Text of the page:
Star Renegades is Indie Done Right

Star Renegades Hands-On Preview

Yeah, this is what indie games are all about. An indie developer with a unique idea overcomes technical limitations to express their vision through a dope game. You love to see it. The developers of Halcyon 6 have learned a lot from their first game, and the follow-up has the potential to become a new indie classic. There’s still a long way for Star Renegades to go, but the potential is all there and it’s shaping up to be something pretty special.

OK, so Star Renegades markets itself as a “strategy RPG.” Other words used in the description copy include “procedurally generated,” and “emergent.” I’m sure all those words are accurate, but they really don’t capture the full picture. Star Renegades is indeed an RPG. There is a story about an invading force of inter-dimensional robots who are slowly conquering and consuming the multiverse. There are memorable characters who speak in dialogue that was written by writers, meaning not procedurally generated. There is a story being told here.

But those procedural elements mean that you will not have a linear story experience. Your story will not be the same as someone else playing the game. That’s because of the multiverse angle. Though it wasn’t deeply explored in the build I got to play, you can already see the fun of characters meeting their alternate selves, or coming face to face with a version from a loved one from a different universe.

It’s around here that my imagination starts to kick into overdrive. Can I make a party of say, totally different versions of the same character? And when can I grab alternate universe friends? Can I replace a fallen comrade with a virtually identical clone? Will their friends react to the clone weirdly? This is where I’ve got to dial it down. Those parts of the game are still a work in progress. I can tell you that there are 13 different hero classes and when applied across the different versions of the different characters, there should be more than 45 possible party members.

How to Crash a Mecha

So what do you do with those party members? Combat in Star Renegades could very broadly be described as JRPG-inspired in that the heroes stand on the left side of the screen and the enemies stand on the right side of the screen, frozen, waiting for orders to be given. The twist arrives in the form of a timeline. Every turn, you know how long each move will take to execute, and you know when the enemies plan to move. There’s a huge advantage to moving first because you can knock opponents farther back in the timeline.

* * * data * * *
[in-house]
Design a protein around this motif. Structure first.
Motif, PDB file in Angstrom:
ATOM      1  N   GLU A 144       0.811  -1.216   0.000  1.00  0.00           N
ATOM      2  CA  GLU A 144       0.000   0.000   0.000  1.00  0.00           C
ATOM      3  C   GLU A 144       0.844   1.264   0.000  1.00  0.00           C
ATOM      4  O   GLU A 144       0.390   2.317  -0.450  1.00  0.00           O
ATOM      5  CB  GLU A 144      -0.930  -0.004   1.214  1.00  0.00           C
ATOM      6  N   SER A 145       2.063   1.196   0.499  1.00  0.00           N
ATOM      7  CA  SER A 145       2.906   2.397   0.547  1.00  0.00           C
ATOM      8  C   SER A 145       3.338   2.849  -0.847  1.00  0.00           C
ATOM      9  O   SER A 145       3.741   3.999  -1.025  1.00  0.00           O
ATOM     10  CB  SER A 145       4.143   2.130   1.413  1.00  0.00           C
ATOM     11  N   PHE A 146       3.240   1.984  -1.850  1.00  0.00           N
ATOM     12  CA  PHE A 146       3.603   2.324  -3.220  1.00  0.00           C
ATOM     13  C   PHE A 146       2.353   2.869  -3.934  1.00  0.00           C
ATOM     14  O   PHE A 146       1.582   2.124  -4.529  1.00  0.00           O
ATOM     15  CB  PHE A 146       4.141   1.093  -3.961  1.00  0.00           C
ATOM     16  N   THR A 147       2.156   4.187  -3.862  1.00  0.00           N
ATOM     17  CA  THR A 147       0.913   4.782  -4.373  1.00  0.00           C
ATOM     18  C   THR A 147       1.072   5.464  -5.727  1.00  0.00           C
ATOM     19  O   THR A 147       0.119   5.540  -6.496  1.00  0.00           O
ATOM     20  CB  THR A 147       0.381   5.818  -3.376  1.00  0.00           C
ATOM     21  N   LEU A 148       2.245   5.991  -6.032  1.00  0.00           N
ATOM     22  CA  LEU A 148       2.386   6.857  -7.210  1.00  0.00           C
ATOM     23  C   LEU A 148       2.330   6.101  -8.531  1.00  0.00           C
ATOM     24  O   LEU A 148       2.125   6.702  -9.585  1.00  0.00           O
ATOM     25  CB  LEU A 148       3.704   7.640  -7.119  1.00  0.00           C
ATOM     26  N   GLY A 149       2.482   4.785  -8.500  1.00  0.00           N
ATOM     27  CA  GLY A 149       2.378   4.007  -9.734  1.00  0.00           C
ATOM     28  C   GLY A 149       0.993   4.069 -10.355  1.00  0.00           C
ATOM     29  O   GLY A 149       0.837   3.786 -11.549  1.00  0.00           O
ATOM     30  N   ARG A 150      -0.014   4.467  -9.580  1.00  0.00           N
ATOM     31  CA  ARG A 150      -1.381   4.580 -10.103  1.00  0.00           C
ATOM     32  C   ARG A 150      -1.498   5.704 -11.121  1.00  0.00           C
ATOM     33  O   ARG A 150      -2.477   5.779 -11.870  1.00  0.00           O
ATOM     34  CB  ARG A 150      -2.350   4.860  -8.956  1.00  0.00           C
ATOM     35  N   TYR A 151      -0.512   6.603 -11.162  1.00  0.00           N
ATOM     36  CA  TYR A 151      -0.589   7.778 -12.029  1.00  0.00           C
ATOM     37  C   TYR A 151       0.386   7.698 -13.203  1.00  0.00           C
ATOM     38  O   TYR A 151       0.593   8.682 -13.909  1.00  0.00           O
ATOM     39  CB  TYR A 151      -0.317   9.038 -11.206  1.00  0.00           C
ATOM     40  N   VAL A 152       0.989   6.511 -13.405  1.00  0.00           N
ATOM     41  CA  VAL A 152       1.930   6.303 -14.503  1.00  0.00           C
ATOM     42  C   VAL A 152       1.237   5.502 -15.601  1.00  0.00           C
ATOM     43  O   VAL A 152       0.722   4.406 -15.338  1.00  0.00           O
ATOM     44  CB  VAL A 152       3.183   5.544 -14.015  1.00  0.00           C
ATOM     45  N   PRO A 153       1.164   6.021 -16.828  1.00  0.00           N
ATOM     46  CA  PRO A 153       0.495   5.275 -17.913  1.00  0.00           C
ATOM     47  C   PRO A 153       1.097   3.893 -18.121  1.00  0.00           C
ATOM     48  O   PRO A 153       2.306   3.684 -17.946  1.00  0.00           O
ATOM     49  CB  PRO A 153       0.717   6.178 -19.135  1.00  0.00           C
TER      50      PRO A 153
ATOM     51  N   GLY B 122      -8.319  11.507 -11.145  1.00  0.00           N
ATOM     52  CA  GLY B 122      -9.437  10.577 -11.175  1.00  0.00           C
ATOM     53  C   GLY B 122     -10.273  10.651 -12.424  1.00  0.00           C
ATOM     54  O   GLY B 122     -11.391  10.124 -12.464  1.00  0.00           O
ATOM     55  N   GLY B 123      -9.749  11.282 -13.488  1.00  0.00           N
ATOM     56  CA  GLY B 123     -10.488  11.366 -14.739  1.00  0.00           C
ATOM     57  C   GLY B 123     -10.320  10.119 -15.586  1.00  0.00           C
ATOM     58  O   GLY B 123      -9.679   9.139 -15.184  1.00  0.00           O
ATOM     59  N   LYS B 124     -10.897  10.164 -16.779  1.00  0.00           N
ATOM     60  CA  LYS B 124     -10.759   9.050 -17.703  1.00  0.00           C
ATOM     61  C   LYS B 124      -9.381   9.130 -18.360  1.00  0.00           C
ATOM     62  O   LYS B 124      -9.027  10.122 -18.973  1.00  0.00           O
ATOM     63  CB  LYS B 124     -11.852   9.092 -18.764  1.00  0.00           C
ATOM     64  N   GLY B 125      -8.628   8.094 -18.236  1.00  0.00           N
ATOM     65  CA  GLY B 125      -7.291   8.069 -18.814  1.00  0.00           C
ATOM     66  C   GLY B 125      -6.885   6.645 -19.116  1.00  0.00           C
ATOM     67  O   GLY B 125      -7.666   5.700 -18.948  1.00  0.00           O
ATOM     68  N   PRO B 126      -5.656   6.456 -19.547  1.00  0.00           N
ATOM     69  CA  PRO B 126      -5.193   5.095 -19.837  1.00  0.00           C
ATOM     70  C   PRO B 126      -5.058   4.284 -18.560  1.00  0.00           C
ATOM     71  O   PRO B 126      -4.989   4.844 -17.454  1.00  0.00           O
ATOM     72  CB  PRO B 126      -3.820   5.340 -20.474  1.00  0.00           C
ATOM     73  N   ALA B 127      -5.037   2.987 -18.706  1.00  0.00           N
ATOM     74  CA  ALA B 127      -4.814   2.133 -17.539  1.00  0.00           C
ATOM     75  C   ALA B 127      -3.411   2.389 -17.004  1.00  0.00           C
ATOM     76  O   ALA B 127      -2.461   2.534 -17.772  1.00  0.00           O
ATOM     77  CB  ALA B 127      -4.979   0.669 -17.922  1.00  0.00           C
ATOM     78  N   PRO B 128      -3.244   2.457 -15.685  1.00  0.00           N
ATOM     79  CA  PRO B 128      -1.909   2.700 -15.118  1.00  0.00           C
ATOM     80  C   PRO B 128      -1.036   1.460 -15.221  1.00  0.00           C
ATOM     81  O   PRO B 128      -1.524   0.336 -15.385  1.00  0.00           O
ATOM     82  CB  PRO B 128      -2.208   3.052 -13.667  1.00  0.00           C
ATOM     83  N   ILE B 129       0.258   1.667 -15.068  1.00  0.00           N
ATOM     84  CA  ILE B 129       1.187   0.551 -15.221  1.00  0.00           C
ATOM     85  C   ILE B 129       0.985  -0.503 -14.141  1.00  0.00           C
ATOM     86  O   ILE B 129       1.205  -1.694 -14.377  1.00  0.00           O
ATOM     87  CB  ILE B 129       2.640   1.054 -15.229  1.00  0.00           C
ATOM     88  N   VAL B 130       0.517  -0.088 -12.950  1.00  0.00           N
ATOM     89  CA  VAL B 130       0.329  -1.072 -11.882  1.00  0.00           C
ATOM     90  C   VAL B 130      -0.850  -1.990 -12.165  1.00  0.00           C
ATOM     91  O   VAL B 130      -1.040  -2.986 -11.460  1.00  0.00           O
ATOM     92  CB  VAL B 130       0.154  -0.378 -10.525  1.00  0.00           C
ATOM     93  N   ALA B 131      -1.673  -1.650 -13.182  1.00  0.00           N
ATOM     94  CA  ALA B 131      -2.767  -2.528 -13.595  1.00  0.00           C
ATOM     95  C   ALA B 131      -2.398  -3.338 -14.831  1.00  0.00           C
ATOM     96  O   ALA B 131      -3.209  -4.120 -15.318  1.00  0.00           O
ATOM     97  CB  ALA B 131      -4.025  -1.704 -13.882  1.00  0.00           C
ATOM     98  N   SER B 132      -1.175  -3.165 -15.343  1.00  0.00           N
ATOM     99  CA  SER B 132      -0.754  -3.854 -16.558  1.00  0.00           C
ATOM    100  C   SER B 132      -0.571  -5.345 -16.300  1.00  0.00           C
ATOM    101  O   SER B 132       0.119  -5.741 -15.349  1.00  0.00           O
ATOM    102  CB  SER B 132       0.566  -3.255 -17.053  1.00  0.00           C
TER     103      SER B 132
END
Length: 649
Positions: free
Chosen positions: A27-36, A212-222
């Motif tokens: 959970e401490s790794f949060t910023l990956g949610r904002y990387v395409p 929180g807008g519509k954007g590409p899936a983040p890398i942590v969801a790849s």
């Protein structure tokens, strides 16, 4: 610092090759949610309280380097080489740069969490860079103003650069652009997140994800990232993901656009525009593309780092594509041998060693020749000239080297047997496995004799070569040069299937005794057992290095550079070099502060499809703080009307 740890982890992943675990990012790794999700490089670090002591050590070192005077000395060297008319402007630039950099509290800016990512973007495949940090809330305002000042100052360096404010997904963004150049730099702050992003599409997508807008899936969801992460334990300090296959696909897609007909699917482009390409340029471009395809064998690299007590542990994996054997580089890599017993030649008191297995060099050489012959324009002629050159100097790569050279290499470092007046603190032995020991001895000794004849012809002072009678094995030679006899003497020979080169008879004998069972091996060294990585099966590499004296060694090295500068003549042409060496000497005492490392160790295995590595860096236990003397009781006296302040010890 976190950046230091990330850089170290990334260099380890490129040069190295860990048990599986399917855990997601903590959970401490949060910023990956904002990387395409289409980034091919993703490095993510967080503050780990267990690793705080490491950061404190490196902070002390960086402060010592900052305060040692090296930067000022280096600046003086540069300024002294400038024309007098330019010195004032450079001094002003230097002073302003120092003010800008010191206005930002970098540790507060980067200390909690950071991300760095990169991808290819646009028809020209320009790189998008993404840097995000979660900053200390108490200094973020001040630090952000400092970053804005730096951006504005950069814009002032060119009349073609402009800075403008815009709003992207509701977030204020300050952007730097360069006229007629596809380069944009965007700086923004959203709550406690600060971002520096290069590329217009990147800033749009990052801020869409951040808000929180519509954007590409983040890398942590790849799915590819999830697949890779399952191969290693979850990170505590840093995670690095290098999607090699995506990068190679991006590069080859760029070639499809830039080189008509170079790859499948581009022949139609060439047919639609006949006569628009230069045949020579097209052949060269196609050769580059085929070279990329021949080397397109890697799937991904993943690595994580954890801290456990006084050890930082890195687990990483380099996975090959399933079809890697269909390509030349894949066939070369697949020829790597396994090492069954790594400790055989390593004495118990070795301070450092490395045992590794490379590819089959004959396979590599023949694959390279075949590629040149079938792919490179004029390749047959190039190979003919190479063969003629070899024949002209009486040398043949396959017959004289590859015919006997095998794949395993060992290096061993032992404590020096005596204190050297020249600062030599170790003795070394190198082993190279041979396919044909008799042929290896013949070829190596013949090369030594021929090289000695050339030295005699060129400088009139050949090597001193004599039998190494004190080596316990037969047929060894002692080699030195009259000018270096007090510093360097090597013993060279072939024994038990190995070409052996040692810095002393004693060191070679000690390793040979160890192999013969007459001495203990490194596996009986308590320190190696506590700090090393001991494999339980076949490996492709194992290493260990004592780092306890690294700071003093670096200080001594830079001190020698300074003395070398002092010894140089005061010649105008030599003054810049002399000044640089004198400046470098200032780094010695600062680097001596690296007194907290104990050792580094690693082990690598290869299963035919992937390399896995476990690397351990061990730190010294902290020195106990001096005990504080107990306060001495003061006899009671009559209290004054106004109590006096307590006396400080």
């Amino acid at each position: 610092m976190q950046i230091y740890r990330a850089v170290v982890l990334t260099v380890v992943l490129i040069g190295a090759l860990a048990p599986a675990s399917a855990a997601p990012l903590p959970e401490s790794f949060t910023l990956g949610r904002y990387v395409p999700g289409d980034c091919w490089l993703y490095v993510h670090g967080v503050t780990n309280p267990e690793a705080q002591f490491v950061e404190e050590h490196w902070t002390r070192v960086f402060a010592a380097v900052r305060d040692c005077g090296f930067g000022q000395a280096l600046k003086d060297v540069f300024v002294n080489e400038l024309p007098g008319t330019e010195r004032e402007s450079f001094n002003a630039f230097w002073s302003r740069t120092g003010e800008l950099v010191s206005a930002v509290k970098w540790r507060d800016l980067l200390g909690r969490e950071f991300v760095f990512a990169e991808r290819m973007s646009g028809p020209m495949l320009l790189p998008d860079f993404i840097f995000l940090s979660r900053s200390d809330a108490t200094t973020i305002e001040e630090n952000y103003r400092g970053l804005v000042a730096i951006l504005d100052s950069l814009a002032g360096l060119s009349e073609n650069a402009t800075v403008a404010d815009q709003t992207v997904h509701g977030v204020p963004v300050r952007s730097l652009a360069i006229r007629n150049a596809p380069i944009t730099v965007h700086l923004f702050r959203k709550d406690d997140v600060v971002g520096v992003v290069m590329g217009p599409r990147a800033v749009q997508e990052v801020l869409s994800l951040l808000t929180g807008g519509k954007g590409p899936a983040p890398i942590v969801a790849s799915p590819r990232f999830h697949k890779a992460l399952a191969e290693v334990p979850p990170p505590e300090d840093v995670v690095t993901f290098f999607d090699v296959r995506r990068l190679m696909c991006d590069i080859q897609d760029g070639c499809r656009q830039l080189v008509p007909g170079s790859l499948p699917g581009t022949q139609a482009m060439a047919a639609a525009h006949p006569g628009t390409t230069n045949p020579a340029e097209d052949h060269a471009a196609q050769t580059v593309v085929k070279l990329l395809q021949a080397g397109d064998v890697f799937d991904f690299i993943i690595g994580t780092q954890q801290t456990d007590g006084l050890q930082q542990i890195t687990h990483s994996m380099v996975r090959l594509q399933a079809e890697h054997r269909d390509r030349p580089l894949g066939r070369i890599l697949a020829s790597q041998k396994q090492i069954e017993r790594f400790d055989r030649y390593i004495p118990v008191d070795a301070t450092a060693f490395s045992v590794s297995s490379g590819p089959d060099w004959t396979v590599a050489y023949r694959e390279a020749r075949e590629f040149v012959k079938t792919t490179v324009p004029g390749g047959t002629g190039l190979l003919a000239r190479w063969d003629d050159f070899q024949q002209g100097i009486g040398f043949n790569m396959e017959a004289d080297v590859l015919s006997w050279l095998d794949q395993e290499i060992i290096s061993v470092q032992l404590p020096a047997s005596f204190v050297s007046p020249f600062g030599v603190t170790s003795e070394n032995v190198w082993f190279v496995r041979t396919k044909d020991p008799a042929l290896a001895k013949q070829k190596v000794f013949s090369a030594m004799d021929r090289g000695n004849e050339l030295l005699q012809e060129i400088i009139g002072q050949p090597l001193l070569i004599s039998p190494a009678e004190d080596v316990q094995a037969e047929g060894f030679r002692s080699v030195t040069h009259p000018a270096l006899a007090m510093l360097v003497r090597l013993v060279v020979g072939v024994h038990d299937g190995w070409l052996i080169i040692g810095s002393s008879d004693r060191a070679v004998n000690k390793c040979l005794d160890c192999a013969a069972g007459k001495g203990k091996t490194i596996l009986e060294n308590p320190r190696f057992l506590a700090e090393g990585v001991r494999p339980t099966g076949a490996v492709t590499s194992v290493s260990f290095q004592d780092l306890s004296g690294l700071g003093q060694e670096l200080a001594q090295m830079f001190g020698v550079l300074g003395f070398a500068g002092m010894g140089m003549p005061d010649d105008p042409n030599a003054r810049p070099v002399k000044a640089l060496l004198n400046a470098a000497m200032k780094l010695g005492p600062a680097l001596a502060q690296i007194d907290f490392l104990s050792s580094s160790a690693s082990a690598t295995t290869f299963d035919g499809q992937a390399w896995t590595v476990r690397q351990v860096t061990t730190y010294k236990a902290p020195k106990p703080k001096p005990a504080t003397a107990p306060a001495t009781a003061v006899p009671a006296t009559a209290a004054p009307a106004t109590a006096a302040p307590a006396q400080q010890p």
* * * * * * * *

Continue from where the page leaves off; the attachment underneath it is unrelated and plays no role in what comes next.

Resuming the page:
If you’ve played these sorts of games, you can see the strategies unfolding. Team up a quick character to get in little low-damage attacks, setting up a bigger hero to lay in the wallop. You can even knock enemies right off of the timeline, stunning them. That system intersects with a rock-paper-scissors sort of system, where different characters are more (or less) vulnerable to certain kinds of attack (like flurry, heavy, or area of effect). On top of that, every character has a combination of shields, armor, and health, which all obey different rules.

Unique and Intriguing

This all adds up to a unique game that builds on systems that add up to more than a sum of their parts. There’s also a version of Shadow of Mordor’s nemesis system (here called the adversary system) where certain enemies can escape, grow, and develop new relationships with the heroes. I didn’t get to experience the full depth of that particular mechanic, but I find it deeply intriguing.

There’s a lot of potential in Star Renegades, so I find myself asking: why do I have so much faith this is going to work out? Part of it is how strong the existing game feels. This is especially true in the writing. Normally when someone says a game is well-written, they mean the dialogue is clever, maybe even quippy. With Star Renegades, that feels a little more subtle. The writing feels well-paced. The tone shifts masterfully. I seamlessly went from pumping my fist to covering my mouth with shock. That’s a special kind of good writing, and it makes me feel like there’s real talent behind this game. The art and sound design are as good as the writing. I see no reason why the gameplay shouldn’t fulfill its ambitions.

I actually spent some time playing Halcyon 6 when it first came out. It came out at a weird time in my life, when I wasn’t sure when my next paycheck was coming. I bought it knowing it could be the last game I played for a while. And I found it similar- deeply intriguing, intelligently wrought, with lots of artistic intention. That game seemed limited by constraints like budget, but it grew with updates into a really cool little indie. Star Renegades feels like the perfect follow up. With experience behind them, Massive Damage is making a game that impresses in ambition. Now we’ve just got to keep up with its development to see if it continues to impress in execution.

***Game code provided by the publisher***